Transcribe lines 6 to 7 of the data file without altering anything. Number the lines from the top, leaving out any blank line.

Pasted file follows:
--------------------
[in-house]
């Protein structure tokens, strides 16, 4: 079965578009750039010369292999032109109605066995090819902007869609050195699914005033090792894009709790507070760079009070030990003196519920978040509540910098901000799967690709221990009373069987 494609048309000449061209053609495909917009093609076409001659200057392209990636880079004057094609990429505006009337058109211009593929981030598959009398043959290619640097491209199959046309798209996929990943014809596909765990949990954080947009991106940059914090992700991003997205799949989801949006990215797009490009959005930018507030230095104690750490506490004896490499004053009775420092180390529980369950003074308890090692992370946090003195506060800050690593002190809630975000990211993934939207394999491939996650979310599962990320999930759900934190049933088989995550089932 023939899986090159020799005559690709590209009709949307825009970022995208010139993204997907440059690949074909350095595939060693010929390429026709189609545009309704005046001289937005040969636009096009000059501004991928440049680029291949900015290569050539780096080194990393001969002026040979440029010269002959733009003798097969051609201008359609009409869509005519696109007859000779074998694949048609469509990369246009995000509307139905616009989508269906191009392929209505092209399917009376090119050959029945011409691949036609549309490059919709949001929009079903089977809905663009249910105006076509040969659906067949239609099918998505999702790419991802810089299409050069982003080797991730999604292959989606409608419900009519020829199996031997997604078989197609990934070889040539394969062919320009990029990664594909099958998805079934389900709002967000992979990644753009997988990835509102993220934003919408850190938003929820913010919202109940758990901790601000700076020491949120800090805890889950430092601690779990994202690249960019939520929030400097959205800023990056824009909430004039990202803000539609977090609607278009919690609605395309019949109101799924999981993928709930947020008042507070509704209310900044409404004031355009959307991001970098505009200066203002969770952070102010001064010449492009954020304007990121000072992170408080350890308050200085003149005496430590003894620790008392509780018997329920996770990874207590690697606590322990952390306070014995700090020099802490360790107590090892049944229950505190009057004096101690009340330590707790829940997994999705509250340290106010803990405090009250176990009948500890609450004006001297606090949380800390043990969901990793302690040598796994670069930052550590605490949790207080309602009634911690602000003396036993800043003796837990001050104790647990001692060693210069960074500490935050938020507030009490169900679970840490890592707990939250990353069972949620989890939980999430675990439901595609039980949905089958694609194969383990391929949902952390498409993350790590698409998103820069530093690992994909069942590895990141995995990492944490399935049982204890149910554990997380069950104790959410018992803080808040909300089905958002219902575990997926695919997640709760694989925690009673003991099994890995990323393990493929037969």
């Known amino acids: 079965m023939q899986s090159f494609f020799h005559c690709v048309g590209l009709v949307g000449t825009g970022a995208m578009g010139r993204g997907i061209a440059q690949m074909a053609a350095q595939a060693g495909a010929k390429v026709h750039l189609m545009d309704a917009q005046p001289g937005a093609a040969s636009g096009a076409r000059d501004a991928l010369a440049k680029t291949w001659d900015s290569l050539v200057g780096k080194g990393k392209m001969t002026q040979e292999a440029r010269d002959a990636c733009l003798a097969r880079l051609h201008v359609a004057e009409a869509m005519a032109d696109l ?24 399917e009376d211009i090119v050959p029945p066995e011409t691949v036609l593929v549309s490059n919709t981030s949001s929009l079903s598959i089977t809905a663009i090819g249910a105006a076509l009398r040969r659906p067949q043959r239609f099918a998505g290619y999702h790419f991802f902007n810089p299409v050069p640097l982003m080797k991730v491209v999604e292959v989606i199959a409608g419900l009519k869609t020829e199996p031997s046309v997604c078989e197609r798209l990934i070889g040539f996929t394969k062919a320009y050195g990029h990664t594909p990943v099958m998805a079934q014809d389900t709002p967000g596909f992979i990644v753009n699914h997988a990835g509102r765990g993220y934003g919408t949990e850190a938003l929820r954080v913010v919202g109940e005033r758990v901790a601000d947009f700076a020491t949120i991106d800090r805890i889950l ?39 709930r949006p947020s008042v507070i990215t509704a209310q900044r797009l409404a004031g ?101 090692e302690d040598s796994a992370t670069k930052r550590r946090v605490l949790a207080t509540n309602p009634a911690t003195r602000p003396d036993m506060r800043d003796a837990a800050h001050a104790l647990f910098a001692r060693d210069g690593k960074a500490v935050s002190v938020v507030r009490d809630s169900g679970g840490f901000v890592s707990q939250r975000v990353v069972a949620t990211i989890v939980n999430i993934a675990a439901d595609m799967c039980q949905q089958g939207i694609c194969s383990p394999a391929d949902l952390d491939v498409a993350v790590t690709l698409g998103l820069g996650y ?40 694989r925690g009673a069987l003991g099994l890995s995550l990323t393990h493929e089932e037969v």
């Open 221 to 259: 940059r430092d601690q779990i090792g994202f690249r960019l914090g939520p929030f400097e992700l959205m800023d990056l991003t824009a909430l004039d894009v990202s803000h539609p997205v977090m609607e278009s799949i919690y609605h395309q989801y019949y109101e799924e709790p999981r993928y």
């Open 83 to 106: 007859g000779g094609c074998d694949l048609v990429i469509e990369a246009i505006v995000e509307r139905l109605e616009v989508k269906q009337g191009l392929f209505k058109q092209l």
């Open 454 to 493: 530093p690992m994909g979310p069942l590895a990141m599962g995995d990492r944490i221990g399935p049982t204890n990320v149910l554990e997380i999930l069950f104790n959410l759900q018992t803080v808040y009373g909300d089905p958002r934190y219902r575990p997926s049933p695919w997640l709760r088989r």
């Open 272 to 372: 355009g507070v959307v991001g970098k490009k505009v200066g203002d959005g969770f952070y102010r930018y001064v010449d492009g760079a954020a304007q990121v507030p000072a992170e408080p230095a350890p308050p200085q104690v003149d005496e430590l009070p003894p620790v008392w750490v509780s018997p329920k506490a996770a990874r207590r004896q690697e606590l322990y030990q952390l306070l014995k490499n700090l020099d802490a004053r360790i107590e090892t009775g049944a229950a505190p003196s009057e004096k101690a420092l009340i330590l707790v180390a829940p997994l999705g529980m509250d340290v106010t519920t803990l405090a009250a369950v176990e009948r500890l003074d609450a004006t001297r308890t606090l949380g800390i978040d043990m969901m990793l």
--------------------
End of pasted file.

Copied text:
């Open 454 to 493: 530093p690992m994909g979310p069942l590895a990141m599962g995995d990492r944490i221990g399935p049982t204890n990320v149910l554990e997380i999930l069950f104790n959410l759900q018992t803080v808040y009373g909300d089905p958002r934190y219902r575990p997926s049933p695919w997640l709760r088989r």
């Open 272 to 372: 355009g507070v959307v991001g970098k490009k505009v200066g203002d959005g969770f952070y102010r930018y001064v010449d492009g760079a954020a304007q990121v507030p000072a992170e408080p230095a350890p308050p200085q104690v003149d005496e430590l009070p003894p620790v008392w750490v509780s018997p329920k506490a996770a990874r207590r004896q690697e606590l322990y030990q952390l306070l014995k490499n700090l020099d802490a004053r360790i107590e090892t009775g049944a229950a505190p003196s009057e004096k101690a420092l009340i330590l707790v180390a829940p997994l999705g529980m509250d340290v106010t519920t803990l405090a009250a369950v176990e009948r500890l003074d609450a004006t001297r308890t606090l949380g800390i978040d043990m969901m990793l």